Continuous Improvement: Heavy Mobile Equipment Training Simulators

Posted by on Feb 14, 2013 in Equipment, Favorites | 0 comments

Continuous Improvement: Heavy Mobile Equipment Training Simulators

If you ask around these days, almost every mid-level or bigger mining company has their own internal group for driving improvement projects (i.e. Operational Excellence, Continuous Improvement, Six Sigma, LEAN, Business Improvement, Business Process Framework, etc.). These groups are constantly evaluating new technologies or new processes in order to drive the trifecta: mine cheaper, mine more, and mine safer. Since a large emphasis of this blog is also to identify where these opportunities are, it is always motivating to see not only mining companies but also OEM/OTMs form their own continuous improvement group, as a value proposition to assist clients with using their product(s) effectively & efficiently.

Back in 2005, I had the opportunity to try out one of the earlier generations of Immersive Technologies’ truck simulator at the mine I was working at. Even at that point, they were able to model the terrain of your mine and use it to better train operators. I went through a session and must admit, came out a little nauseous! But one major issue that the simulator was able to identify was that during the simulations, an alarming number of operators did not know how to respond when a fire began on the truck. By knowing where your operators’ gaps are, you can better allocate training resources.

Last year in 2012, I had the opportunity again to bump into a few people from Immersive at a mine in Canada and they told me about their internal CIP (Continuous Improvement Projects) group which tracks clients’ performance before, during and after implementation of the simulator. They then use the data (remember – ample data is futile if it is not put to good use) to work with mine management and develop a targeted training program. This collaborative approach (which will, of course, cost you) is a step in the right direction because the OTM is building a strategy to ensure their products’ success through designing the downstream process for the client. Remember one of the biggest reasons for failure of a new technology product at a mine usually isn’t the product itself; it is the lack of culture adoption, proper ownership of the launch and failure to maintain the product. Immersive is also able to measure a baseline to determine your payback 6-12 months after implementing the simulator. And then go back and validate the training using maintenance records, machine events as recorded by the equipment’s data system, and dispatch data (as applicable).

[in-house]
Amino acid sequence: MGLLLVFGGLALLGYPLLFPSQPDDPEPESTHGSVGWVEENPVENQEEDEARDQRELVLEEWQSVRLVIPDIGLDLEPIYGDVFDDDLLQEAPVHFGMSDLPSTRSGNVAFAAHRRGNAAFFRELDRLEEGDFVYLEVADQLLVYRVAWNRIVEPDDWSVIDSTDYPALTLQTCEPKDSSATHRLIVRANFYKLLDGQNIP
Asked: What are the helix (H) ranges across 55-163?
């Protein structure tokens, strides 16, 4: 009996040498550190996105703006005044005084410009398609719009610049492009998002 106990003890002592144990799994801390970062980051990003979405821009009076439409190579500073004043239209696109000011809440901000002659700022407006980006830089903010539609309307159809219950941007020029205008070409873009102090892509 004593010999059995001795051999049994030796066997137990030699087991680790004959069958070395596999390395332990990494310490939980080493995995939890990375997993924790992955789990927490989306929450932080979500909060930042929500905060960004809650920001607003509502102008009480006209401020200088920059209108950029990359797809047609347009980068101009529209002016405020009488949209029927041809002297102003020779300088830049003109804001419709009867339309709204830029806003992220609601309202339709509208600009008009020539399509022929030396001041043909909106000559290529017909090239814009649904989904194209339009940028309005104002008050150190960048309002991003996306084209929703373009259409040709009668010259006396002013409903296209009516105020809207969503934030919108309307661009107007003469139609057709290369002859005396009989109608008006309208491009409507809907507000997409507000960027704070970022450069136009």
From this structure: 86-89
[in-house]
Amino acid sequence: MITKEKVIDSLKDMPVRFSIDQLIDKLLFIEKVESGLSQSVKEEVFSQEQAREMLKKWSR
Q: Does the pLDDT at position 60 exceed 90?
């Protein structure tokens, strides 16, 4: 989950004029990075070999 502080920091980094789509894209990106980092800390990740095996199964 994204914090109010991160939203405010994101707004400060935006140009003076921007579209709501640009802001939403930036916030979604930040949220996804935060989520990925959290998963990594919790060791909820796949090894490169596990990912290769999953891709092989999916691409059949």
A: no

Within the program with Immersive (you could request this program from different OTMs as well), they will complete the following:

  1. Assess the site using the simulator results
  2. Identify specific & strategy programs to address safety, cost and production opportunities
  3. Improve team communication
  4. Reduce the mine’s risk profile and improve operators’ competencies through a targeted program
  5. Develop reporting tools to provide site-wide visibility on improvements as the simulator and training occurs
  6. Provide accurate performance measurements & risk analysis

Items that they see a large decrease in (as measured by the mine’s fleet management system) include: over-speed, park brake abuse, brake temperature alarms, and abusive shifting. Just eliminating a large percentage of these events would likely pay for the system in less than a year!

Caterpillar also has a simulator that you could purchase which costs less than Immersive but has limited functionalities & capabilities (ie. at time of writing this blog, they cannot model the specific mine’s terrain on the simulator).

Happy Training! Oh and  Happy Valentine’s Day everyone!

Disclaimer: By focusing on specific OTM/OEM’s equipment and technology as examples, I am in no way endorsing one over any other OEM/OTM nor have I received any compensation at current time of writing for my blog entry from any OEM/OTM for this blogpost.